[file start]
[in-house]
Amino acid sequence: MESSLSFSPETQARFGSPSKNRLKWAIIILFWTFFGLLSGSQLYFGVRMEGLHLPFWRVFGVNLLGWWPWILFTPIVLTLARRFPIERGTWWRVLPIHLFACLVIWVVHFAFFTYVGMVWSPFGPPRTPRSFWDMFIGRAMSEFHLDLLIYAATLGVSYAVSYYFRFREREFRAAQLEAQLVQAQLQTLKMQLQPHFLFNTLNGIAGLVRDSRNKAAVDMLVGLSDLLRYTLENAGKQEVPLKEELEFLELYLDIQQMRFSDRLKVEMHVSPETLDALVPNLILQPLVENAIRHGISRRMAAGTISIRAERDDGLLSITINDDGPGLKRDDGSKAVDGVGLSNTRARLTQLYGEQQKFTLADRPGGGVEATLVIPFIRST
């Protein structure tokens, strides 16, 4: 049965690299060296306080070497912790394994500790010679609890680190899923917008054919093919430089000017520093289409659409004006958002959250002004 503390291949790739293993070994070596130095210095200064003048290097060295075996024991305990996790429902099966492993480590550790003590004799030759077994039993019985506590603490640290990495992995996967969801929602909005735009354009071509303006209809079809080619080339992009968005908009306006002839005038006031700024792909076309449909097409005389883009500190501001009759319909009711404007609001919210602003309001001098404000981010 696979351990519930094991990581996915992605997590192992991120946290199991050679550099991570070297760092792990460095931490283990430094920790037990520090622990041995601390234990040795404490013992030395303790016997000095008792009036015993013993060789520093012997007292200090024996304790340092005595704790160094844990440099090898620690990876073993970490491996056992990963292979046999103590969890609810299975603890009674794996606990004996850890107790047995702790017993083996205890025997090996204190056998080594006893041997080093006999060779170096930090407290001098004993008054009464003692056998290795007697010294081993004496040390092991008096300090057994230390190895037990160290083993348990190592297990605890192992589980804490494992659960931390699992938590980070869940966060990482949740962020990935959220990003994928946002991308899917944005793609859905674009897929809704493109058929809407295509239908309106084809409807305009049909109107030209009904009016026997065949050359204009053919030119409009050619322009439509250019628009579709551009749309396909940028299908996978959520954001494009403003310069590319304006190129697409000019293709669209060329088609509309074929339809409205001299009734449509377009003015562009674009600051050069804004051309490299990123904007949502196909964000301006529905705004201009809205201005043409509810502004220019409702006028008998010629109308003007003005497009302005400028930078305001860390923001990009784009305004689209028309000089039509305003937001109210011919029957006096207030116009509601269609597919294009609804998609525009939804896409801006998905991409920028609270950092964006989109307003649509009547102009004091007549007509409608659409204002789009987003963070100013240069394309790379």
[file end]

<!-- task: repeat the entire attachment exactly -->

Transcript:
[in-house]
Amino acid sequence: MESSLSFSPETQARFGSPSKNRLKWAIIILFWTFFGLLSGSQLYFGVRMEGLHLPFWRVFGVNLLGWWPWILFTPIVLTLARRFPIERGTWWRVLPIHLFACLVIWVVHFAFFTYVGMVWSPFGPPRTPRSFWDMFIGRAMSEFHLDLLIYAATLGVSYAVSYYFRFREREFRAAQLEAQLVQAQLQTLKMQLQPHFLFNTLNGIAGLVRDSRNKAAVDMLVGLSDLLRYTLENAGKQEVPLKEELEFLELYLDIQQMRFSDRLKVEMHVSPETLDALVPNLILQPLVENAIRHGISRRMAAGTISIRAERDDGLLSITINDDGPGLKRDDGSKAVDGVGLSNTRARLTQLYGEQQKFTLADRPGGGVEATLVIPFIRST
């Protein structure tokens, strides 16, 4: 049965690299060296306080070497912790394994500790010679609890680190899923917008054919093919430089000017520093289409659409004006958002959250002004 503390291949790739293993070994070596130095210095200064003048290097060295075996024991305990996790429902099966492993480590550790003590004799030759077994039993019985506590603490640290990495992995996967969801929602909005735009354009071509303006209809079809080619080339992009968005908009306006002839005038006031700024792909076309449909097409005389883009500190501001009759319909009711404007609001919210602003309001001098404000981010 696979351990519930094991990581996915992605997590192992991120946290199991050679550099991570070297760092792990460095931490283990430094920790037990520090622990041995601390234990040795404490013992030395303790016997000095008792009036015993013993060789520093012997007292200090024996304790340092005595704790160094844990440099090898620690990876073993970490491996056992990963292979046999103590969890609810299975603890009674794996606990004996850890107790047995702790017993083996205890025997090996204190056998080594006893041997080093006999060779170096930090407290001098004993008054009464003692056998290795007697010294081993004496040390092991008096300090057994230390190895037990160290083993348990190592297990605890192992589980804490494992659960931390699992938590980070869940966060990482949740962020990935959220990003994928946002991308899917944005793609859905674009897929809704493109058929809407295509239908309106084809409807305009049909109107030209009904009016026997065949050359204009053919030119409009050619322009439509250019628009579709551009749309396909940028299908996978959520954001494009403003310069590319304006190129697409000019293709669209060329088609509309074929339809409205001299009734449509377009003015562009674009600051050069804004051309490299990123904007949502196909964000301006529905705004201009809205201005043409509810502004220019409702006028008998010629109308003007003005497009302005400028930078305001860390923001990009784009305004689209028309000089039509305003937001109210011919029957006096207030116009509601269609597919294009609804998609525009939804896409801006998905991409920028609270950092964006989109307003649509009547102009004091007549007509409608659409204002789009987003963070100013240069394309790379």